Context: I'm trying to design an SRS solution for your personal secrets - "Anki for passwords." (This is mostly a learning-exercise, to help me develop my intuition for writing secure(-ish?) code, and to explore the problem-space - I don't have high hopes for my own ability to implement this all that effectively …)

In particular, spending some time thinking through the problem, I've decided it's best to focus on the niche not serviced by existing password-managers like 1Password — they're very, very good at what they do, and I don't think I can improve on them!

However, password-managers exist at a very specific position on the 'convenience vs security' spectrum:

  1. They store information in the cloud,
  2. and they store information 'reversibly', i.e. you can get out the plaintext of the secrets that you put in.

My plan is to invert these two, and provide a tool that's specifically oriented towards secrets you don't feel comfortable compromising the above two points on. (For example, let's say you want to keep your e-mail password specifically "in your head only"; and never store it retrievably in the cloud. Or, of course, one of the primary uses for this would be the 'master password' for your password-manager itself …)

So, my question: the baseline way to accomplish the above, would be to locally store a little database of hashes-of-passwords-you've-memorized on a single computer's local filesystem. (Get notified you need to review your memorized password; go to that computer; attempt to enter the password, be told whether you got it right. Easy.)

However, to do better, I felt it'd be really nice to have the secrets stored on an HSM, not on the filesystem - specifically, the kind of HSM that lots of users already have: the consumer ones like a Yubikey or NitroKey. (Failing that, the built-in modern isolated-computing-mechanisms, like Apple's TouchID or the TPM?)

I looked around the documentation a little, but I haven't had much luck finding anything other than OTP- or keypair-style 'you don't get to dictate the specific secrets' options and configurations.

tl;dr: Is there any well-known protocol or method for storing something you dictate on a consumer HSM? Failing that, is there a secure method I'm missing for 'mixing in' the security of the HSM into the filesystem-storage method, such that the filesystem information is worthless without the HSM?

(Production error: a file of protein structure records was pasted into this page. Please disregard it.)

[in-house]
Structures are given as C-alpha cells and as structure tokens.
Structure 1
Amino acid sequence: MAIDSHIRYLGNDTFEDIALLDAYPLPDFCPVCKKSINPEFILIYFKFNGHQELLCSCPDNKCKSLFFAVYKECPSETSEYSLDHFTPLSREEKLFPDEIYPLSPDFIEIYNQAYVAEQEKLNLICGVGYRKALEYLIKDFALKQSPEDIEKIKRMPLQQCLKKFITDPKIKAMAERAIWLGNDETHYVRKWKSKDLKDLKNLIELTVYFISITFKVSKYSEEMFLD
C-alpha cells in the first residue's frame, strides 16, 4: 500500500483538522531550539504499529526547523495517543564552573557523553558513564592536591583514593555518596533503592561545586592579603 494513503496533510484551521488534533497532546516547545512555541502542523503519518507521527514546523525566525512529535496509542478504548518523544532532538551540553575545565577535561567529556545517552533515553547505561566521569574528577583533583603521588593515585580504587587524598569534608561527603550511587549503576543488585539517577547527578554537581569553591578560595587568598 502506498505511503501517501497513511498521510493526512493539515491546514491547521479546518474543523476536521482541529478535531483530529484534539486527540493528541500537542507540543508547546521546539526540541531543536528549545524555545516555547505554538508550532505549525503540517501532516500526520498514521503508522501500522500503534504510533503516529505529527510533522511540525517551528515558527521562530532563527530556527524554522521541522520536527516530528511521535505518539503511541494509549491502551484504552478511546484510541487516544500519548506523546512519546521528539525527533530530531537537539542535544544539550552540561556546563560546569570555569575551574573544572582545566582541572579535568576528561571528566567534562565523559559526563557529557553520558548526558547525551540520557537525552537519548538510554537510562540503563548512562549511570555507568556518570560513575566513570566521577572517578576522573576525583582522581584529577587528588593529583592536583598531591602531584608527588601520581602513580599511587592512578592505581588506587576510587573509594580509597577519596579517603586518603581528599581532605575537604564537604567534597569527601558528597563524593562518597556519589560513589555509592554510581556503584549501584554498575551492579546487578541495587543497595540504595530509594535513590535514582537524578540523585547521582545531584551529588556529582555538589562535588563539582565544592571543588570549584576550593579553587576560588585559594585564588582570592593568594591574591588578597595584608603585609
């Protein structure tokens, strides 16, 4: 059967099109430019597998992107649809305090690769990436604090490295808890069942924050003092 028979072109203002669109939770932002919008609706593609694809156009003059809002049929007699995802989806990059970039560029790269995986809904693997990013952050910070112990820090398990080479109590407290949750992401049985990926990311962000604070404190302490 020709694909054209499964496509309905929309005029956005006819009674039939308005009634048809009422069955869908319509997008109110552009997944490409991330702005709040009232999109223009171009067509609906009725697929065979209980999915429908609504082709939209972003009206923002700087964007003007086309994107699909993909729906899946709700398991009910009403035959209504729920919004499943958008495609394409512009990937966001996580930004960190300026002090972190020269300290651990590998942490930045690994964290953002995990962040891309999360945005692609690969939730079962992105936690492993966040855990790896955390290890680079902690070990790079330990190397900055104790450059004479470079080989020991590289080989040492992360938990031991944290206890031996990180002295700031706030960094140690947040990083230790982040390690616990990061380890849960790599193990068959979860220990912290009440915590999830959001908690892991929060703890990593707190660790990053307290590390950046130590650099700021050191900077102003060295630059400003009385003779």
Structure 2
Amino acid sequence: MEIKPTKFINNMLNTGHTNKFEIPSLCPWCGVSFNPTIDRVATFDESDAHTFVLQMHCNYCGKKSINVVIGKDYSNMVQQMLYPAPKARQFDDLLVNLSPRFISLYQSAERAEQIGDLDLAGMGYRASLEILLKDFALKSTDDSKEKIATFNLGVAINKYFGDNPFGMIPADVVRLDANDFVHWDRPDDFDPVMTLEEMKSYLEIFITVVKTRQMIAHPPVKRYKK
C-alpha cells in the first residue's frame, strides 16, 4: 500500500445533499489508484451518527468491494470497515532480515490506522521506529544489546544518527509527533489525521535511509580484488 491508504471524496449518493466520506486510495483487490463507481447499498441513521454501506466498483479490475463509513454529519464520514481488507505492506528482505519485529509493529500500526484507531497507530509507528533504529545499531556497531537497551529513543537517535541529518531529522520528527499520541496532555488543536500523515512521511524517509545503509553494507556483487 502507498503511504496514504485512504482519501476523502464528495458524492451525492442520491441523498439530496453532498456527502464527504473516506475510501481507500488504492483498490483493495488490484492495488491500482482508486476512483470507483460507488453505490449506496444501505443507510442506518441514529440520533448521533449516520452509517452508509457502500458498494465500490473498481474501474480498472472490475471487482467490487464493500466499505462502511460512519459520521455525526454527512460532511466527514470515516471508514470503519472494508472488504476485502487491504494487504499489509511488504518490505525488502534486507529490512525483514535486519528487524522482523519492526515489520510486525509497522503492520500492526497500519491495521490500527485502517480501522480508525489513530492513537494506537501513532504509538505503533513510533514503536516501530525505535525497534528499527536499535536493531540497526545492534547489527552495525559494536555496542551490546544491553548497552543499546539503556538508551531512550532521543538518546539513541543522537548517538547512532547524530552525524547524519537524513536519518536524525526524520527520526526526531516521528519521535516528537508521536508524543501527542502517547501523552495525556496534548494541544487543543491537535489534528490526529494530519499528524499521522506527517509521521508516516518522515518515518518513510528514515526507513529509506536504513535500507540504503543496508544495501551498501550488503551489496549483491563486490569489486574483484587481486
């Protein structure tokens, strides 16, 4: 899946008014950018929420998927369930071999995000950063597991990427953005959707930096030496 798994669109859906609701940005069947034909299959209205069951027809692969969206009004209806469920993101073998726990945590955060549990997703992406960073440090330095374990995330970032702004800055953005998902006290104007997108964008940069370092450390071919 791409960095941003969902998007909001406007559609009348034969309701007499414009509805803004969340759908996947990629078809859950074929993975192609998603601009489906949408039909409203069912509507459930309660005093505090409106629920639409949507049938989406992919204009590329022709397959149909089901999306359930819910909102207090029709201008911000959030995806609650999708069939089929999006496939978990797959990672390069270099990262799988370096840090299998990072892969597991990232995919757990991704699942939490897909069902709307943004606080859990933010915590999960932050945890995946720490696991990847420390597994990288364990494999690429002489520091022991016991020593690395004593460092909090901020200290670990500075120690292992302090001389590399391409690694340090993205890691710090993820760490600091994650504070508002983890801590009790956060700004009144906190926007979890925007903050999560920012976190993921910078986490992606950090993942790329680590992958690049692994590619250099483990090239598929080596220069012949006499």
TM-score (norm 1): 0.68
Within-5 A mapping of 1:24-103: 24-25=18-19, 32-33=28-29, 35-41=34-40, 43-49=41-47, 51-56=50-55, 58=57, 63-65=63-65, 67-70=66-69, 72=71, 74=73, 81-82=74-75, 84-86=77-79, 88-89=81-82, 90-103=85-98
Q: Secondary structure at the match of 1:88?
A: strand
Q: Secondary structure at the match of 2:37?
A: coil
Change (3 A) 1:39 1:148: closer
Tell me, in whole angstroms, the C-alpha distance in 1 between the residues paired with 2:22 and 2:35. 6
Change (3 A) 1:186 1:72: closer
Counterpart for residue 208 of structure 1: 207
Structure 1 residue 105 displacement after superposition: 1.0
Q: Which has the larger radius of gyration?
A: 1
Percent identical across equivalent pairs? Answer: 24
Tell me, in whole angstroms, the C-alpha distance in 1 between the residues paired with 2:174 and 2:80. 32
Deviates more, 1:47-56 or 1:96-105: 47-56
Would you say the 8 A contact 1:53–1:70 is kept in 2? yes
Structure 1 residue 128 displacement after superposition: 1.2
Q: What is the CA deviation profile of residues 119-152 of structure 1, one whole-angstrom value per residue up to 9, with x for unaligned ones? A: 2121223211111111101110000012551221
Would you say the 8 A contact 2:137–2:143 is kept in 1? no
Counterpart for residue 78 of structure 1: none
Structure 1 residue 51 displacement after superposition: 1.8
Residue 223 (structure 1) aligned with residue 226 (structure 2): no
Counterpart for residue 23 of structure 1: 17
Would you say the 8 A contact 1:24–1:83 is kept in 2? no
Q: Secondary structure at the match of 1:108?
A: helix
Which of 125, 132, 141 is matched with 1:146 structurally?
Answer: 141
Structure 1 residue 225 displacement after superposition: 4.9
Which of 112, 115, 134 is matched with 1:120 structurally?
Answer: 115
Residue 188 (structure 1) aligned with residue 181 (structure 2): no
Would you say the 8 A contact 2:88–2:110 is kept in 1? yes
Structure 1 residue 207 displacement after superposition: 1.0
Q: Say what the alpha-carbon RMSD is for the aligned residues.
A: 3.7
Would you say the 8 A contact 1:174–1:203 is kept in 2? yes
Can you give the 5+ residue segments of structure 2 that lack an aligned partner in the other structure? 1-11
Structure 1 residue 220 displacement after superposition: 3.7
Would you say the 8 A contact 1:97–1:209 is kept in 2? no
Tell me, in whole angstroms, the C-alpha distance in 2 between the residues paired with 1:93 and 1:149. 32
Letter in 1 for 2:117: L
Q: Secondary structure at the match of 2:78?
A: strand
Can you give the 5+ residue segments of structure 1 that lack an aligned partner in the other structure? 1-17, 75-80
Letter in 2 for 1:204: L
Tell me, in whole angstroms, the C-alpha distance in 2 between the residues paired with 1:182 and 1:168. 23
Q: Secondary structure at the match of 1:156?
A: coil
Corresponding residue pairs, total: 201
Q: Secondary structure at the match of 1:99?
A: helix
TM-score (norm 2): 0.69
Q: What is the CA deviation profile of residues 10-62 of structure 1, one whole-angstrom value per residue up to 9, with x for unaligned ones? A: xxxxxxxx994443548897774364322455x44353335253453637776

(and, of course, since this is SSE, definitely poke any holes in my overall idea that you can. I'd love the feedback, or any tips.)

I know very little about security (well, I'm a "security nerd", but I don't work in the field; and I recognize how tiny-little I actually know ;_;), but I know enough that threat-modeling is important. For the above question, let's make some assumptions:

  1. Since this isn't a web-app, and only the end-user will be storing their own secrets, I'm not worried about zero-knowledge stuff

  2. I am worried about data stored on the local filesystem, and possibly secrets in RAM: the entire point of this is to sit beside something like 1Password; and one of the only cases where 1Password 'isn't already enough' is someone gaining physical access to your machine while it's unlocked, for instance.

    (or to put that another way - this project isn't interesting/a good learning exercise, if i don't try to store the data securely at-rest ...)

1 Answer 1


Serious answer:

Yubikey supports OpenPGP which supports asymmetric encryption. Standard answer here is to encrypt the database with a symmetric key and then encrypt the symmetric key with asymmetric encryption.

So a password manager could be built in this way using OpenPGP to encrypt/decrypt the database encryption key with any commodity HSM supporting OpenPGP.

With a streaming cipher, one can decrypt the minimum portion of a database. Wipe the key from RAM as soon as it's no longer actively needed. Should minimize exposure.

Now for the fun answer after the serious answer:

I don't think most of these commodity HSMs want to store Hashes, there's not really a solid reason to put a hash in an HSM. So I don't think there's a standard way to do this.

BUT, it does store Hash sized things. Luckily, ECC keys are often Hash sized. Even better, private ECC keys are just random numbers and hashes are statistically random.

SO, hash a password, store it in an ECC key slot. When the user is to verify their password, hash their entry, use the hash as the private key and derive the public key. Sign something with the yubikey and see if the public derived from the user input validates it correctly. If it does, the user must have entered the right password.

I've never seen this done anywhere so take it with healthy skepticism. It also requires a key slot for every password hash memorized. Not sure how many slots Yubikeys have but Purism and Nitrokey both have fewer than 5 slots on affordable models.

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